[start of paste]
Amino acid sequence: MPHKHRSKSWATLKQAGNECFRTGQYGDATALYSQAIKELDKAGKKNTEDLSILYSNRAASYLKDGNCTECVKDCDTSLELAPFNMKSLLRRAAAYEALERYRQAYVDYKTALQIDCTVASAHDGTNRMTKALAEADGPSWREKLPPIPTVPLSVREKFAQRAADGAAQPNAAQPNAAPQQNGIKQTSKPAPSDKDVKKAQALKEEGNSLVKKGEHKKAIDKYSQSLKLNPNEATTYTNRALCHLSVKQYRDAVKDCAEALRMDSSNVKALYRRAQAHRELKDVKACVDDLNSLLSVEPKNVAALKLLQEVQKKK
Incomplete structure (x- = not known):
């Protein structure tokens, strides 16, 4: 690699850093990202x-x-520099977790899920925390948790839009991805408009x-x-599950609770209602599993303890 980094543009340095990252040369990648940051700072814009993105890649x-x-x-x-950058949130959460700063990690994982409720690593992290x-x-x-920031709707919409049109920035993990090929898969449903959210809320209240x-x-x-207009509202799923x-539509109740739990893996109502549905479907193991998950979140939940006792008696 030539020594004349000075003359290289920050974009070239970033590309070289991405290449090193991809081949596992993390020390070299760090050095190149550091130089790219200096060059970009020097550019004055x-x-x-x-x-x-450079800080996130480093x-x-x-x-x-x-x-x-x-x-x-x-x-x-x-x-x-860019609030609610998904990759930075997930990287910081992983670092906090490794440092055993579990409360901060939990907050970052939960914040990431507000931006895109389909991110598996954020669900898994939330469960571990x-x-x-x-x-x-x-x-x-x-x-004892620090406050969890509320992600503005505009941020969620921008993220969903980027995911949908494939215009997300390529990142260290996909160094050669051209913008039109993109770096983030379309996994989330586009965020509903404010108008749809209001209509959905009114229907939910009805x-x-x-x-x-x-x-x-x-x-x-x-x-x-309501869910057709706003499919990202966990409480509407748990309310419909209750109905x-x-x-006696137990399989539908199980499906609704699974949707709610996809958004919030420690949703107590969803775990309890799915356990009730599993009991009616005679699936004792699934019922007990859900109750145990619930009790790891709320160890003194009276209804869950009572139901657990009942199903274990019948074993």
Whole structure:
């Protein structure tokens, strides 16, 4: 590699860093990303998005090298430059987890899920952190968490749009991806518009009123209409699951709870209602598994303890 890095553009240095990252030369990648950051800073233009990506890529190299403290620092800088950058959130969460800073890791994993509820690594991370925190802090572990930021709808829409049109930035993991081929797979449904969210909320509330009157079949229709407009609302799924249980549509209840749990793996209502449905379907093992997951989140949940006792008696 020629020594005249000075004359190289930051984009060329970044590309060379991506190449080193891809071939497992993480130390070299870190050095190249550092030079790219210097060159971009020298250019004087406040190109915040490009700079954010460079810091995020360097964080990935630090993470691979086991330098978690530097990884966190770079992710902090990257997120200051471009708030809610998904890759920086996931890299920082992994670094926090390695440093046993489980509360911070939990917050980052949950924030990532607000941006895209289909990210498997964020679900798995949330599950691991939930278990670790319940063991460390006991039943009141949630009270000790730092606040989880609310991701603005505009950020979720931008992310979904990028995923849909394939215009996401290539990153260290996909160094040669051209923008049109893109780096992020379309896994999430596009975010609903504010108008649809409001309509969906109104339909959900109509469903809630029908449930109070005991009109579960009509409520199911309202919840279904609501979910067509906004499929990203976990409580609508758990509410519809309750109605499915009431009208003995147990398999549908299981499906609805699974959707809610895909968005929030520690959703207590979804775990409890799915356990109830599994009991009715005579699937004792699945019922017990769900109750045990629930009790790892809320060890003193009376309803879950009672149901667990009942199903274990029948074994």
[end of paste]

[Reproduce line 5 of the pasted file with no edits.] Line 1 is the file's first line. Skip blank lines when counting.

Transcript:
């Protein structure tokens, strides 16, 4: 590699860093990303998005090298430059987890899920952190968490749009991806518009009123209409699951709870209602598994303890 890095553009240095990252030369990648950051800073233009990506890529190299403290620092800088950058959130969460800073890791994993509820690594991370925190802090572990930021709808829409049109930035993991081929797979449904969210909320509330009157079949229709407009609302799924249980549509209840749990793996209502449905379907093992997951989140949940006792008696 020629020594005249000075004359190289930051984009060329970044590309060379991506190449080193891809071939497992993480130390070299870190050095190249550092030079790219210097060159971009020298250019004087406040190109915040490009700079954010460079810091995020360097964080990935630090993470691979086991330098978690530097990884966190770079992710902090990257997120200051471009708030809610998904890759920086996931890299920082992994670094926090390695440093046993489980509360911070939990917050980052949950924030990532607000941006895209289909990210498997964020679900798995949330599950691991939930278990670790319940063991460390006991039943009141949630009270000790730092606040989880609310991701603005505009950020979720931008992310979904990028995923849909394939215009996401290539990153260290996909160094040669051209923008049109893109780096992020379309896994999430596009975010609903504010108008649809409001309509969906109104339909959900109509469903809630029908449930109070005991009109579960009509409520199911309202919840279904609501979910067509906004499929990203976990409580609508758990509410519809309750109605499915009431009208003995147990398999549908299981499906609805699974959707809610895909968005929030520690959703207590979804775990409890799915356990109830599994009991009715005579699937004792699945019922017990769900109750045990629930009790790892809320060890003193009376309803879950009672149901667990009942199903274990029948074994």